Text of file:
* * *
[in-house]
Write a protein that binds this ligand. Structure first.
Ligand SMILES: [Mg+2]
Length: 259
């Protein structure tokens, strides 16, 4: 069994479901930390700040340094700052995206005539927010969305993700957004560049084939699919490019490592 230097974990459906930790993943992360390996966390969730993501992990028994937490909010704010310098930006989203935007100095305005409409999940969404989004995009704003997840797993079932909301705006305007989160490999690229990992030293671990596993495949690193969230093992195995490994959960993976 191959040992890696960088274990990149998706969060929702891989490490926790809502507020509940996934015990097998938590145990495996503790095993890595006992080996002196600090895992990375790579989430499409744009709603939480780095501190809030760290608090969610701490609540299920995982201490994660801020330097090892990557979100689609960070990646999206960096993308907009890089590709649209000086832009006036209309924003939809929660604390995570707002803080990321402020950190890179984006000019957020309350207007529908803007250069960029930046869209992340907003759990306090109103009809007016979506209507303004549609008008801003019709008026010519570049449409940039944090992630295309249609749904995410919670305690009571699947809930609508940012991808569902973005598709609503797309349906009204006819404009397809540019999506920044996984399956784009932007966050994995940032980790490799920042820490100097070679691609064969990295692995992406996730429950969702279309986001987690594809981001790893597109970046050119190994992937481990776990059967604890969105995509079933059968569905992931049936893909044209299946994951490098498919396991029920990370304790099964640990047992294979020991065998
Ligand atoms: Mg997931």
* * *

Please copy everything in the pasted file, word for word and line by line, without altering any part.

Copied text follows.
[in-house]
Write a protein that binds this ligand. Structure first.
Ligand SMILES: [Mg+2]
Length: 259
């Protein structure tokens, strides 16, 4: 069994479901930390700040340094700052995206005539927010969305993700957004560049084939699919490019490592 230097974990459906930790993943992360390996966390969730993501992990028994937490909010704010310098930006989203935007100095305005409409999940969404989004995009704003997840797993079932909301705006305007989160490999690229990992030293671990596993495949690193969230093992195995490994959960993976 191959040992890696960088274990990149998706969060929702891989490490926790809502507020509940996934015990097998938590145990495996503790095993890595006992080996002196600090895992990375790579989430499409744009709603939480780095501190809030760290608090969610701490609540299920995982201490994660801020330097090892990557979100689609960070990646999206960096993308907009890089590709649209000086832009006036209309924003939809929660604390995570707002803080990321402020950190890179984006000019957020309350207007529908803007250069960029930046869209992340907003759990306090109103009809007016979506209507303004549609008008801003019709008026010519570049449409940039944090992630295309249609749904995410919670305690009571699947809930609508940012991808569902973005598709609503797309349906009204006819404009397809540019999506920044996984399956784009932007966050994995940032980790490799920042820490100097070679691609064969990295692995992406996730429950969702279309986001987690594809981001790893597109970046050119190994992937481990776990059967604890969105995509079933059968569905992931049936893909044209299946994951490098498919396991029920990370304790099964640990047992294979020991065998
Ligand atoms: Mg997931």